Dr. Tiejun discusses using Chinese medicine herbs for Hashimoto’s:
Hashimoto’s disease is a thyroiditis caused by an autoimmune reaction. This disease was first described by a Japanese doctor called Hashimoto when he was practising in Germany in 1912. The average incidence of this disease is 1-1.5 in 1000. The incidence of women is 15-20 times more than in men. It occurs more frequently in the age group of 30 to 50, but may also be seen at other times.
In some cases, no symptoms may be seen at early stage, but in most cases, symptoms are similar to those of hypothyroidism. Common symptoms include:
fatigue, unexpected weight gain, aversion to cold, muscle aches, cramps, tenderness or stiffness, joint pain or swelling, pale skin and puffy face, hoarse voice, constipation, depression, and visibly enlarged thyroid.It is not very clear what triggers this autoimmune disorder
. Factors such as iodine, medications, infection, smoking and possibly stress may be involved. If you want to prevent Hashimoto’s disease or stop it developing, you should try to avoid these possible causes.
In Western medicine, this is usually being treated with levothyroxine. This hormone replacement therapy can only partially recover thyroid functions but not regulate the immune system in general. It cannot reduce the level of antithyroid antibody. Patients need to take medicine all their life. For some cases with a large goitre, they may even need surgical operation. After operation they still need to take thyroxine.
In Chinese medicine, it is believed that this disease is due to Qi stagnation, blood stasis and phlegm accumulation in the neck. It falls within the category of Ying Liu (瘿瘤) in the classic text of Chinese medicine. In China, we usually treat this disease with integrated traditional Chinese medicine and western medicine. I believe that the operation and iodine radioactive therapy will accelerate the process of hypothyroidism.
Instead, we can use Chinese herbs
to remove the liver Qi stagnation and blood stasis. We can expel phlegm and soften the goitre by using Chinese herbs. I usually use:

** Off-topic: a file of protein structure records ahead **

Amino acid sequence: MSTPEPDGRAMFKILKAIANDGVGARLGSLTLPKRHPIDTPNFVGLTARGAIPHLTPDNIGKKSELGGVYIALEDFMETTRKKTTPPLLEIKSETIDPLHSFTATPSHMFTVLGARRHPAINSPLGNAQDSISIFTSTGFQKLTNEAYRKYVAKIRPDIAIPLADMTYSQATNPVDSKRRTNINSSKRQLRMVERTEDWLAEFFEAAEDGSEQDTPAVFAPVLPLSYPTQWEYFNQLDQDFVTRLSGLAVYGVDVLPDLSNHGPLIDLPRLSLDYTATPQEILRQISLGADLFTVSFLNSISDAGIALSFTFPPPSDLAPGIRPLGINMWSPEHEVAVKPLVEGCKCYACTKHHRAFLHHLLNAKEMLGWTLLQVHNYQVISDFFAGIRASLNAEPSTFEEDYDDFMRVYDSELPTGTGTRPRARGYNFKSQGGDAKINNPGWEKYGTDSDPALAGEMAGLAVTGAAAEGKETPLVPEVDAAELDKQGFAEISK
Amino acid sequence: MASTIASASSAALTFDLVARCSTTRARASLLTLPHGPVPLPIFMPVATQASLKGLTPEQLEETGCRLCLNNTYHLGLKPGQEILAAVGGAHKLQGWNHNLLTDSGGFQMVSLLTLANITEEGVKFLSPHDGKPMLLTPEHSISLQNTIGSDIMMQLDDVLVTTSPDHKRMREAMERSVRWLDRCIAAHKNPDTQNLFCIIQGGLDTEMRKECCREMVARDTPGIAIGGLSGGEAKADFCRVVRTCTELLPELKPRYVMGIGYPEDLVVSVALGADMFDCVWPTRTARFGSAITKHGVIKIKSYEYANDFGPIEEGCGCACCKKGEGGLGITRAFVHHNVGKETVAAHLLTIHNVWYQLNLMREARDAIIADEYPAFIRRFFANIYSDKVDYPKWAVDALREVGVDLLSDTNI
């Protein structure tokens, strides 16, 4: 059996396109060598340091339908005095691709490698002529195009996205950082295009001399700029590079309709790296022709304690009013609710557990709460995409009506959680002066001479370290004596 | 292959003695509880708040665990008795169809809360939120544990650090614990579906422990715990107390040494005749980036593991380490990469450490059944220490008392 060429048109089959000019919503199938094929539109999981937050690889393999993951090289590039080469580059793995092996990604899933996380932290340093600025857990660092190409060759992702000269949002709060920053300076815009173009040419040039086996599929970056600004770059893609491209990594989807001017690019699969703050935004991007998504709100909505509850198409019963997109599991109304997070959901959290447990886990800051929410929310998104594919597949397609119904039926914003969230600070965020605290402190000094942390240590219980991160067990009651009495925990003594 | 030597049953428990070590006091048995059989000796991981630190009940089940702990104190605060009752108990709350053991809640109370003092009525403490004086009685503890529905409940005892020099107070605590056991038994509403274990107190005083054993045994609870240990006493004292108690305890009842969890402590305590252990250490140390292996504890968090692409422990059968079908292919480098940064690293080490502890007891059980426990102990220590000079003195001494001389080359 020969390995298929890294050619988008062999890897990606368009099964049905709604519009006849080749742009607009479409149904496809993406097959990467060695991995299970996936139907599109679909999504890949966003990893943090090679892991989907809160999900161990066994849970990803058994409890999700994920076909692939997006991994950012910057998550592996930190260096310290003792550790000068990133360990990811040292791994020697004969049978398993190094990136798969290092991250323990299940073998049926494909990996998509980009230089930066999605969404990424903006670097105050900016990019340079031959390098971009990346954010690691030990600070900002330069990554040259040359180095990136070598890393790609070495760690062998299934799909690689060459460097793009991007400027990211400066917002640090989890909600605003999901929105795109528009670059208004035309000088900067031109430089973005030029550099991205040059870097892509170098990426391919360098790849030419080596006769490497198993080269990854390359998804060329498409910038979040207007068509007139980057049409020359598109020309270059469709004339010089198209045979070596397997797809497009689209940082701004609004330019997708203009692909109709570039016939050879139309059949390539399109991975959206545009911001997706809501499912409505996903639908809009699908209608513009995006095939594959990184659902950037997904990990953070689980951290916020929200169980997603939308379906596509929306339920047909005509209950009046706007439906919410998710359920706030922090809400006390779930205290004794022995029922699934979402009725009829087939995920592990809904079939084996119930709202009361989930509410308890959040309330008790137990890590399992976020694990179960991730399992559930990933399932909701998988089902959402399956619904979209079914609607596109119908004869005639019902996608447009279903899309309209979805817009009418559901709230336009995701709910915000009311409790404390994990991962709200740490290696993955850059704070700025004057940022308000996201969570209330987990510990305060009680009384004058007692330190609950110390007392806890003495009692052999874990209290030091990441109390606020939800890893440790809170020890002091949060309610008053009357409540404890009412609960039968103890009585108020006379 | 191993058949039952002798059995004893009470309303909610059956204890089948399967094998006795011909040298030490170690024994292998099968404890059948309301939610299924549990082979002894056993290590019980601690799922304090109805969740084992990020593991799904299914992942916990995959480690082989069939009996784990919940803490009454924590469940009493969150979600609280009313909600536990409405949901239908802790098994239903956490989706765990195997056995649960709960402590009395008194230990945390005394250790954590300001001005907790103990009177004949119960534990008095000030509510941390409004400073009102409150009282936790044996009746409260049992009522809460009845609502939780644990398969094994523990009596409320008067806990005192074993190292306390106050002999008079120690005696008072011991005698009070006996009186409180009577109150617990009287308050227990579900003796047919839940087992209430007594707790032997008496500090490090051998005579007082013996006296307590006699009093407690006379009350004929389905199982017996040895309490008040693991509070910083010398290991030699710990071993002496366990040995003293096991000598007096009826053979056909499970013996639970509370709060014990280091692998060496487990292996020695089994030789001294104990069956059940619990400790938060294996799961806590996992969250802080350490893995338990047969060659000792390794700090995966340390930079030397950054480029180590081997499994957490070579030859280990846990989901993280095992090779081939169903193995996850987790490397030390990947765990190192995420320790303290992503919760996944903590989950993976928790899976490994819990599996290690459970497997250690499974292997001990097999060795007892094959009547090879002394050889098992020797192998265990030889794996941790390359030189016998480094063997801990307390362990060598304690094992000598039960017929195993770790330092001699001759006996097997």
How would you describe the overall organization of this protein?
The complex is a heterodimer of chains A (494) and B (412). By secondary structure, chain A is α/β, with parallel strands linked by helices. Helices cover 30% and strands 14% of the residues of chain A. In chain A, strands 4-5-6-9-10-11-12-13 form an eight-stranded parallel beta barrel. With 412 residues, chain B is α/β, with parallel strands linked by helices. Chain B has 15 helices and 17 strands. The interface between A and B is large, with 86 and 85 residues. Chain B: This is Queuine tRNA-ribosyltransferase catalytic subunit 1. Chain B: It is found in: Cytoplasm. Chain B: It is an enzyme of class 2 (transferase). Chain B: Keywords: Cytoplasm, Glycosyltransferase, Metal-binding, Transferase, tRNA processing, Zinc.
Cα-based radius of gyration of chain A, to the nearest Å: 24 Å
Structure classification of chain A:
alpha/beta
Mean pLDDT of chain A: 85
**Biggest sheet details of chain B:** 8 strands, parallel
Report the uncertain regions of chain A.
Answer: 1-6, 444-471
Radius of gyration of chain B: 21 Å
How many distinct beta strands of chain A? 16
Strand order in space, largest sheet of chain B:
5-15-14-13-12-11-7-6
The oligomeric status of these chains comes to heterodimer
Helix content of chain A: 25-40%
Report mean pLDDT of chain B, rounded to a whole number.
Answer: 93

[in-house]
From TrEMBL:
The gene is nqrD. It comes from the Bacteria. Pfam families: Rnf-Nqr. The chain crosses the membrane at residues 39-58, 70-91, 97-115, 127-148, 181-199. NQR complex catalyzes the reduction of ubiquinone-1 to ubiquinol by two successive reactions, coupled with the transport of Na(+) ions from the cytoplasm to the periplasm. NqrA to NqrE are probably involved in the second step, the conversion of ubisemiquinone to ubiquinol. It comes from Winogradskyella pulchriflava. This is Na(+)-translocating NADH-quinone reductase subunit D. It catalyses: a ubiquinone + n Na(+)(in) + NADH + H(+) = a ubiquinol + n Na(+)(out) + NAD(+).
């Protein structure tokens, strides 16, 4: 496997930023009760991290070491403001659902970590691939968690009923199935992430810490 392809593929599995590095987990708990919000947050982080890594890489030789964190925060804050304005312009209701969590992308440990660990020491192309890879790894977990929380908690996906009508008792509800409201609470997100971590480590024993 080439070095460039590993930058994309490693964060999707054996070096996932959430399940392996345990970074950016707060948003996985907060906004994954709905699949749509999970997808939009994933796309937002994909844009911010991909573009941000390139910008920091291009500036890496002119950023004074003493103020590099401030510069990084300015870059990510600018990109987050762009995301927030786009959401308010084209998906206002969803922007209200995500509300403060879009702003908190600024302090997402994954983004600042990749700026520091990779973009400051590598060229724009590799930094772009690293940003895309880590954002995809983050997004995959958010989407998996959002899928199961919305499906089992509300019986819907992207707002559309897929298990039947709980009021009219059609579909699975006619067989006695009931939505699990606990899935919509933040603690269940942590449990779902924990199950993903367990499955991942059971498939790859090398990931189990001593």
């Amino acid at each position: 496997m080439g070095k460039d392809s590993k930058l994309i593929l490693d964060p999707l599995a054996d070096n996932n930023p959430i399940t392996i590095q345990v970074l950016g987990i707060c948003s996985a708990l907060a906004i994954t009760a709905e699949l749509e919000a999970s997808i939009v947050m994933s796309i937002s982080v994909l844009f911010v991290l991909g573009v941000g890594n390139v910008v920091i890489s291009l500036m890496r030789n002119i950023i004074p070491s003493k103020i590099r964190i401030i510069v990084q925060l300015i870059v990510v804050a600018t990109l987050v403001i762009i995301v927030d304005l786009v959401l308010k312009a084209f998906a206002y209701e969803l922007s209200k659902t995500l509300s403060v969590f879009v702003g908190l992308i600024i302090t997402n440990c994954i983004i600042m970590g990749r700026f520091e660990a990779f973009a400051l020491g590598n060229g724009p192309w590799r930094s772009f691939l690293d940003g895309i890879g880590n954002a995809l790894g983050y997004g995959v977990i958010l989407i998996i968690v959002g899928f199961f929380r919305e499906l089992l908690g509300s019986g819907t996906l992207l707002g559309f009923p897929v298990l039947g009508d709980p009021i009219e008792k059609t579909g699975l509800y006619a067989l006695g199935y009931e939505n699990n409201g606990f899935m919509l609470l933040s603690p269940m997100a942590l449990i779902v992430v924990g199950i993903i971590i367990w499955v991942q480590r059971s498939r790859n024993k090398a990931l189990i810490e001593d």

- Chaihu（Bupleuri Radix）
- Chenpi (Pericarpium Citri Reticulatae)
- Xiangfu (Cyperus rotundus) for qi stagnation
- Chishao (Radix Platycodi)
- Danshen (Savia miltiorrhiza) and Danggui (Angelica sinensis) for blood stasis
- Banxia (pinellia tuberifera tenore)
- Houpo (Magnolia officinalis Rehd.)
- Zhebeimu (Fritillaria thunbergii Miq) and Dannanxing (Arisaema Cum Bile) for phlegm accumulation
In the past two decades, there were some different opinions about applying herbs which contain iodine
such as Haizhao (Sargassum), Kunbu (ThallusLaminariae) and Huangyaozi (Rhizoma Dioscoreae Bulbiferae). Some people believed that this kind of herb will cause Wolff–Chaikoff effect which is harmful to the thyroid. Some people believed that herbs with iodine content are different from iodine preparation. I think it is still safe to use these herbs for some
thyroid diseases with small doses administered for a short time, especially for cases with low iodine.
I believe that Chinese herbs have many advantages in treating Hashimoto’s disease and it is good for improving symptoms and reducing side effects of western medicine.
This disease needs proper treatment once it is diagnosed. There are reports of patients with Hashimoto’s thyroiditis being three times more likely to have thyroid cancer. (Larson SD. 2007).
To conclude, integrated traditional Chinese medicine and western medicine, together, is always better than any single therapy.
Larson SD, Jackson LN, Riall TS, et al (2007) Increased incidence of well-differentiated thyroid cancer associated with Hashimoto thyroiditis and the role of the PI3k/Akt pathway. J Am Coll Surg. 204 (5):764-73.
About the Author
Dr. Tang Tiejun, PhD, MSc, BSc, has 30 years of clinical experience. He has studied and worked in 5 different famous medical universities in China. He has practiced in 3 top university hospitals and has taught Chinese medicine in 2 universities. He was appointed as a vice professor of Sun Yat-Sen University of Medical Sciences in 1999, when he worked as a post-doctoral researcher. Dr. Tang used worked in Asante Academy of Chinese medicine for 8 years since he came to UK in 2005. He was a link tutor of Asante. He also worked part-time for 8 years at the NHS pain clinic in Whittington Hospital. Currently, he is a clinical tutor in Park Clinic of Middlesex University and a guest lecturer of Middlesex. Dr. Tang is a council member and the research executive at the Association of Traditional Chinese Medicine and Acupuncture UK (ATCM), as well as the executive of the World Federation of Chinese Medicine Society (WFCMS).
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